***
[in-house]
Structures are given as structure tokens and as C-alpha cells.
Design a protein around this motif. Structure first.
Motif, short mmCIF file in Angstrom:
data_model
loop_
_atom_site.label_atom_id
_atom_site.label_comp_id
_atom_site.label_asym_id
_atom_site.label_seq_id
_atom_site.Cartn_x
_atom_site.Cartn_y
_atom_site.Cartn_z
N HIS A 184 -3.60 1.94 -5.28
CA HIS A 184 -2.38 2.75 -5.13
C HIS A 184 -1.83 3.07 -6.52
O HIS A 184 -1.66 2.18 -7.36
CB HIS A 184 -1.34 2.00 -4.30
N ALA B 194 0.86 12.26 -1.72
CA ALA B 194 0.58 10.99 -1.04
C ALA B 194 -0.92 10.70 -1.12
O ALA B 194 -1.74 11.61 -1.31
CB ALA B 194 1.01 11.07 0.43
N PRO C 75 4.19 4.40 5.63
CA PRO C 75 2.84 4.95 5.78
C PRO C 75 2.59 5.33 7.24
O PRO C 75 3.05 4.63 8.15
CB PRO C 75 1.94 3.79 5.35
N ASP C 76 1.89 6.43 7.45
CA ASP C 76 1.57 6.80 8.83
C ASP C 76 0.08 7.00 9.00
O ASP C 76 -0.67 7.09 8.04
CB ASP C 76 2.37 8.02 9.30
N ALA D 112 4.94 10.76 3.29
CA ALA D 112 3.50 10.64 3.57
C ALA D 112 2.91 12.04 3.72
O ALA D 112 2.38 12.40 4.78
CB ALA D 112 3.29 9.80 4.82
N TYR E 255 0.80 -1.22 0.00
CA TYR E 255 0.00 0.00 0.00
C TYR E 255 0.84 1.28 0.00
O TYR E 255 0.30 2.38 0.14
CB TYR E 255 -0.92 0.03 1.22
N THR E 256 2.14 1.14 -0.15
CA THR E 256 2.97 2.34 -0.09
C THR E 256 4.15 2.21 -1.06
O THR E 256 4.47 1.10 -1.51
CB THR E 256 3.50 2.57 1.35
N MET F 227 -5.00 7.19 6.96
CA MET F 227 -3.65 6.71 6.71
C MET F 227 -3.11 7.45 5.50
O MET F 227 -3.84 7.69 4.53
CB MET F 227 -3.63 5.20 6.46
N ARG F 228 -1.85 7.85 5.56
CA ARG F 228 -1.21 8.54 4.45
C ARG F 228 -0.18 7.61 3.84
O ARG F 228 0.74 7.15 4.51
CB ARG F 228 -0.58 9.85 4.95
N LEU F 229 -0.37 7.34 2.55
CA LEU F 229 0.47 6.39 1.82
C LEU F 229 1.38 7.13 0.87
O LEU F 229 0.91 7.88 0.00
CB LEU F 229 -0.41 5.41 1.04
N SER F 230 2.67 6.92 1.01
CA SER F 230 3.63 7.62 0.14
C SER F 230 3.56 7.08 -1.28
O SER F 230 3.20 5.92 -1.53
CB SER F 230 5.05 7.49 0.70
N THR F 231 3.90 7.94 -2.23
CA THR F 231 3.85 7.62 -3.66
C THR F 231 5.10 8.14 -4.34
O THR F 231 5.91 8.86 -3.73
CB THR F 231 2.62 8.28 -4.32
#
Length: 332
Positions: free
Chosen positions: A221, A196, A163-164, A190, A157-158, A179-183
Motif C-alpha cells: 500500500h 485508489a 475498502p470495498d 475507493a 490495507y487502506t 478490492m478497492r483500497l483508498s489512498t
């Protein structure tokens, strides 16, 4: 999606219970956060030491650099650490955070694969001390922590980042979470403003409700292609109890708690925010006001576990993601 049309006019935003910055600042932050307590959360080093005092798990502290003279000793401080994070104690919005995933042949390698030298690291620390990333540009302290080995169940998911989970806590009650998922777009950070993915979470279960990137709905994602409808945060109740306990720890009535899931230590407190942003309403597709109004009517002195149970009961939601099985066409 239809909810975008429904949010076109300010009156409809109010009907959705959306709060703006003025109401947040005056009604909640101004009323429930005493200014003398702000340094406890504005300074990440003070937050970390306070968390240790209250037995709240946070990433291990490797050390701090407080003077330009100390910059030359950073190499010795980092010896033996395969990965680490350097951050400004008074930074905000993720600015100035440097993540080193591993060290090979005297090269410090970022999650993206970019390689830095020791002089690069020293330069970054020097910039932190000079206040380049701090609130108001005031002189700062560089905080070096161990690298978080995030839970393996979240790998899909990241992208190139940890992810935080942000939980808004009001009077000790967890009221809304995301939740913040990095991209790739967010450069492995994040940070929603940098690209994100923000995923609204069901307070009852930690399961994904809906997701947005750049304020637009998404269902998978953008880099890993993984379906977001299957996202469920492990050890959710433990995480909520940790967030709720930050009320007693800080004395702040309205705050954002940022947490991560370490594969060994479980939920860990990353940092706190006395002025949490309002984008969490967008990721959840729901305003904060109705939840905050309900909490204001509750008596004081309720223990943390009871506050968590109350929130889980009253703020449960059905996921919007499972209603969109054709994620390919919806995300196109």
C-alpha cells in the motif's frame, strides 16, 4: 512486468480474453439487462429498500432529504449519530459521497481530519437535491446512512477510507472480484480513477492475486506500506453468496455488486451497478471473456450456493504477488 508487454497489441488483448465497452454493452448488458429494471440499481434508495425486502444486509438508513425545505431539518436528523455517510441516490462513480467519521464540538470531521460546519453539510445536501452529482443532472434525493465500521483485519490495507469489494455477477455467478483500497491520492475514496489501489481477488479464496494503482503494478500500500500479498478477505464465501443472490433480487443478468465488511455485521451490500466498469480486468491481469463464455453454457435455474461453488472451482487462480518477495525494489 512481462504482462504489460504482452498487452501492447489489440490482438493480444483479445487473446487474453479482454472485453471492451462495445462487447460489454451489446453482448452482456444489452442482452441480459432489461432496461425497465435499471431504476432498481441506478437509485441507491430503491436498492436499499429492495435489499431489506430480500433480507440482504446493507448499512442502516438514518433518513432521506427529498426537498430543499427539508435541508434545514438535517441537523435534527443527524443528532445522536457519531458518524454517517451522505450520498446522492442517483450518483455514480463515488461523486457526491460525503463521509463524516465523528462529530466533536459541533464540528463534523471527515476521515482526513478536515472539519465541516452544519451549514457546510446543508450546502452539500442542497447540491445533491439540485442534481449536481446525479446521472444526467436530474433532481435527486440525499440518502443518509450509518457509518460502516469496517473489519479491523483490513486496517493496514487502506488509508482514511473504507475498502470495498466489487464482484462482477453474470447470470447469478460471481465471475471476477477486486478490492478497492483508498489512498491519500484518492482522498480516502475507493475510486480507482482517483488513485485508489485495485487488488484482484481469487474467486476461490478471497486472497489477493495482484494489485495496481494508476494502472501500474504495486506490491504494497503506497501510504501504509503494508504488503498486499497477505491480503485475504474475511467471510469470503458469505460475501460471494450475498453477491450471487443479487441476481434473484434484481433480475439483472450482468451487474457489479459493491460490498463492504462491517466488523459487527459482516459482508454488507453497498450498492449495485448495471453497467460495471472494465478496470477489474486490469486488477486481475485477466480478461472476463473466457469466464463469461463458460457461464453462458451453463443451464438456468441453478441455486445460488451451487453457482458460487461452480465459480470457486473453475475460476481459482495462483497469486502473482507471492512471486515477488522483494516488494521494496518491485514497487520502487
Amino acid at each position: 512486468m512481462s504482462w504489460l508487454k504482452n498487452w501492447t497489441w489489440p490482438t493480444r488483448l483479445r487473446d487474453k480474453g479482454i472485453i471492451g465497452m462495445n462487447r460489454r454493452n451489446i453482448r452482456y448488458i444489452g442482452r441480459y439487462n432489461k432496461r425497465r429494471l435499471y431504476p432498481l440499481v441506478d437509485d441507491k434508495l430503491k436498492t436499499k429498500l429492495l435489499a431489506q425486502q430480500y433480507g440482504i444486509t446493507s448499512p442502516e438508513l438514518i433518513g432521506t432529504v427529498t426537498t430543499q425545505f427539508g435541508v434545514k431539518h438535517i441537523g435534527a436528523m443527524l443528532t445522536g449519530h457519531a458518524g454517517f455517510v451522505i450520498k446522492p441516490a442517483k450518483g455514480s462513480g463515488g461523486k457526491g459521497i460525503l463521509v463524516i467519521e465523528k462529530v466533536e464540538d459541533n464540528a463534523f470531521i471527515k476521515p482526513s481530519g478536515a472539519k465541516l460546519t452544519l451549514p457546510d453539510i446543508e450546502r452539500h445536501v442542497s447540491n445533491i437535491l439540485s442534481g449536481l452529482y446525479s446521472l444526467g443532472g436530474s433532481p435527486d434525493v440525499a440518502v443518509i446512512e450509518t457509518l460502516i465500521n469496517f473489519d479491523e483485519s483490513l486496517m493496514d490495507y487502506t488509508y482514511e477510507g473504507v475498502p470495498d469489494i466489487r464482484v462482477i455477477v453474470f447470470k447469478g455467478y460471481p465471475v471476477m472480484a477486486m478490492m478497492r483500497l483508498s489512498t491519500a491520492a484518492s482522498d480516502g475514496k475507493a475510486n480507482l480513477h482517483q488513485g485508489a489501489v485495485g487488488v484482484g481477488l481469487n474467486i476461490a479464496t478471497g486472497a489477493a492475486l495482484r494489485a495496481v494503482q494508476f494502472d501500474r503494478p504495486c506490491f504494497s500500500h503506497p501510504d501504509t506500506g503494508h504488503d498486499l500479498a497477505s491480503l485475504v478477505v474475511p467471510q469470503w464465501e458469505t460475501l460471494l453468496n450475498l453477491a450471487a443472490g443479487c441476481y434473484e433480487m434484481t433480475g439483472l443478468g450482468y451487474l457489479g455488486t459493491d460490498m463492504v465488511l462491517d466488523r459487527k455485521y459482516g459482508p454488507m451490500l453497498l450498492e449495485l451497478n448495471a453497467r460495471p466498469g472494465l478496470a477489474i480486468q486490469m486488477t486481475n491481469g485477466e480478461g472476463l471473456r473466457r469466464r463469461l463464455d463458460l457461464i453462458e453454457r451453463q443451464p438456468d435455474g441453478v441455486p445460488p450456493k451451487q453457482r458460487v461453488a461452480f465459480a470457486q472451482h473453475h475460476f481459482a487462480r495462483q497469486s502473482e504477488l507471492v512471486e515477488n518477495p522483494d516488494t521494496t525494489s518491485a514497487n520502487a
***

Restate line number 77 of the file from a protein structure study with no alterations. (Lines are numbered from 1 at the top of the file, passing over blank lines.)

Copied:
Chosen positions: A221, A196, A163-164, A190, A157-158, A179-183